April 10, 1965

Look at that face with the Valentine eyebrows and pin-up girl pout, her little ribbon mouth blowing a plume of smoke like come here and give me a kiss. Nobody could smoke a cigarette like Linda Darnell. And here she is at forty-one, curled on a friend’s couch in a Chicago suburb, lighting up a long Pall Mall while watching one of her old movies and thinking about her strange relationship with time. That’s what happens when Life magazine calls you ‘the most physically perfect girl in Hollywood.’

After twelve years of bombshell service in romance, noir, and adventure films, Twentieth Century Fox let her go, citing concerns about her weight gain and heavy drinking. “Leaving the studio was like leaving home at twenty-eight,” she said. “I’d been there since I was sixteen.” She patched up her life with more booze and more men. When she was nineteen, she eloped with the camerman. He was forty-two. Then came Mickey Rooney and Howard Hughes and a dozen scuffed-up footnotes on Hollywood and Vine. There was the screenwriter with the yacht and the powerful director with rough hands like an ape. Yet the only man she truly loved was her high school sweetheart, a quiet Mexican boy who was terrified by her fame and moved away. She took her broken heart to Rome and did spaghetti westerns and opened an orphanage. “At thirty-two, I can see tell-tale marks in the mirror,” she said, “but the ravages of time no longer terrify me. I am told that when surface beauty is gone, the real woman emerges. My only regret will be that I could not have begun it earlier, that so many years have been ruined because I was considered beautiful.”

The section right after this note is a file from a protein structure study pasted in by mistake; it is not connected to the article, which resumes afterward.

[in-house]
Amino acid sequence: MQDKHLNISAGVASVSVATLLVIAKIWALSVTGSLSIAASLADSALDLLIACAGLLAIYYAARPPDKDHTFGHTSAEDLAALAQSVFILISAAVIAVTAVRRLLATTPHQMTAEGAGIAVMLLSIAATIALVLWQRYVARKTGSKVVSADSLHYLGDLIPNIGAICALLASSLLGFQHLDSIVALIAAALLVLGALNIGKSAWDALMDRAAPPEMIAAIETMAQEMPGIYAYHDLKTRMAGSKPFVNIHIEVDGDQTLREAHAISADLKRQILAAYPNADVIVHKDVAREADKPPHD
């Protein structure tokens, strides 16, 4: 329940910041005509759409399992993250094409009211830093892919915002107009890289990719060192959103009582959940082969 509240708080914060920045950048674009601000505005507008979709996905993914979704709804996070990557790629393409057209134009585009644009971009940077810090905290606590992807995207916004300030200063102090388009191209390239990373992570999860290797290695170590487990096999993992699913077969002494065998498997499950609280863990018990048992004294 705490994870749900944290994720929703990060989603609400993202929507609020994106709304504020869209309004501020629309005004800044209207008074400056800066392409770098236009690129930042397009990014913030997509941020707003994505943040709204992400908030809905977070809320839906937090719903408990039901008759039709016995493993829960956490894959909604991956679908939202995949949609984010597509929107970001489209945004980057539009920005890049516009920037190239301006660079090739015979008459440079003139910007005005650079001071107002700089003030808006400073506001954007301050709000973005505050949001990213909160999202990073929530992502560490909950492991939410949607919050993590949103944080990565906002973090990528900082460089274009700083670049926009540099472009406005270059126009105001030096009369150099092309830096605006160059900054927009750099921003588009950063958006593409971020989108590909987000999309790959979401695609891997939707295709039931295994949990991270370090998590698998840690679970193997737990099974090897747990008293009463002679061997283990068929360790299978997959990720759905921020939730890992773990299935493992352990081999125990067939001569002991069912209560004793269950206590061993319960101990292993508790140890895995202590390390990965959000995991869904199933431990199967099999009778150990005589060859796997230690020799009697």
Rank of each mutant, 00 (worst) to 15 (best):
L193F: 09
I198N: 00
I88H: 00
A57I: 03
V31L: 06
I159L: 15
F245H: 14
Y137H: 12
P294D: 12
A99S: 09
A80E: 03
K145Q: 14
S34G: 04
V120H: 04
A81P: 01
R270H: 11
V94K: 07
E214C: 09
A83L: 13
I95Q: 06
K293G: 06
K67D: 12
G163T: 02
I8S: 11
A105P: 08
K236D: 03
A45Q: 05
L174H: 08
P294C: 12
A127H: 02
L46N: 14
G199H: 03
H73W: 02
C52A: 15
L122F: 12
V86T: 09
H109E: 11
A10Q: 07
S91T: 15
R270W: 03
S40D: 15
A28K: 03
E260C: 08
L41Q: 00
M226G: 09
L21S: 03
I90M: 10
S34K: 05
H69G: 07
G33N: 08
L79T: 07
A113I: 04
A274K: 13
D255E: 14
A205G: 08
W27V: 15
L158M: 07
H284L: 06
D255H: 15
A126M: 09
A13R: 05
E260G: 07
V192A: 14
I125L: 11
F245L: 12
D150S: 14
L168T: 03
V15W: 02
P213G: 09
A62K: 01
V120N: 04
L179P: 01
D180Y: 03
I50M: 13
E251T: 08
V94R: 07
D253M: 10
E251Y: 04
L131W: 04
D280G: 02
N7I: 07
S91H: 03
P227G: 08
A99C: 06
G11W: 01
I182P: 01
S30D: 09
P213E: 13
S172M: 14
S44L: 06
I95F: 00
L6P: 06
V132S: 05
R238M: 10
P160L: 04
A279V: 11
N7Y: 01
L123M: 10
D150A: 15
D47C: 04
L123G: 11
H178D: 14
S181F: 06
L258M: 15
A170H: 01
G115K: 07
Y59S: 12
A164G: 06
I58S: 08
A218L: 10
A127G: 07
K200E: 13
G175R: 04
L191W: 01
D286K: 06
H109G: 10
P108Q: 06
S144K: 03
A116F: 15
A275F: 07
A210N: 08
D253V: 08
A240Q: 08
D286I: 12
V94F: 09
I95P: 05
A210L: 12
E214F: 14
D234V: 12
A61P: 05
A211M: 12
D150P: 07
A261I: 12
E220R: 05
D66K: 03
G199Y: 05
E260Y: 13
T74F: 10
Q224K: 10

She dozed in the warm living room, listening to her younger Star Dust self say “Do you want to kiss me?” Maybe her Pall Mall dropped to the floor. Perhaps it landed on the script she was studying, a play at the local theater. The fire bloomed fast. Afraid to jump from the window, she tried to make it to the front door. The doorknob was too hot to touch and the flames took her as she heard herself on the television saying, “Now this is romance.”

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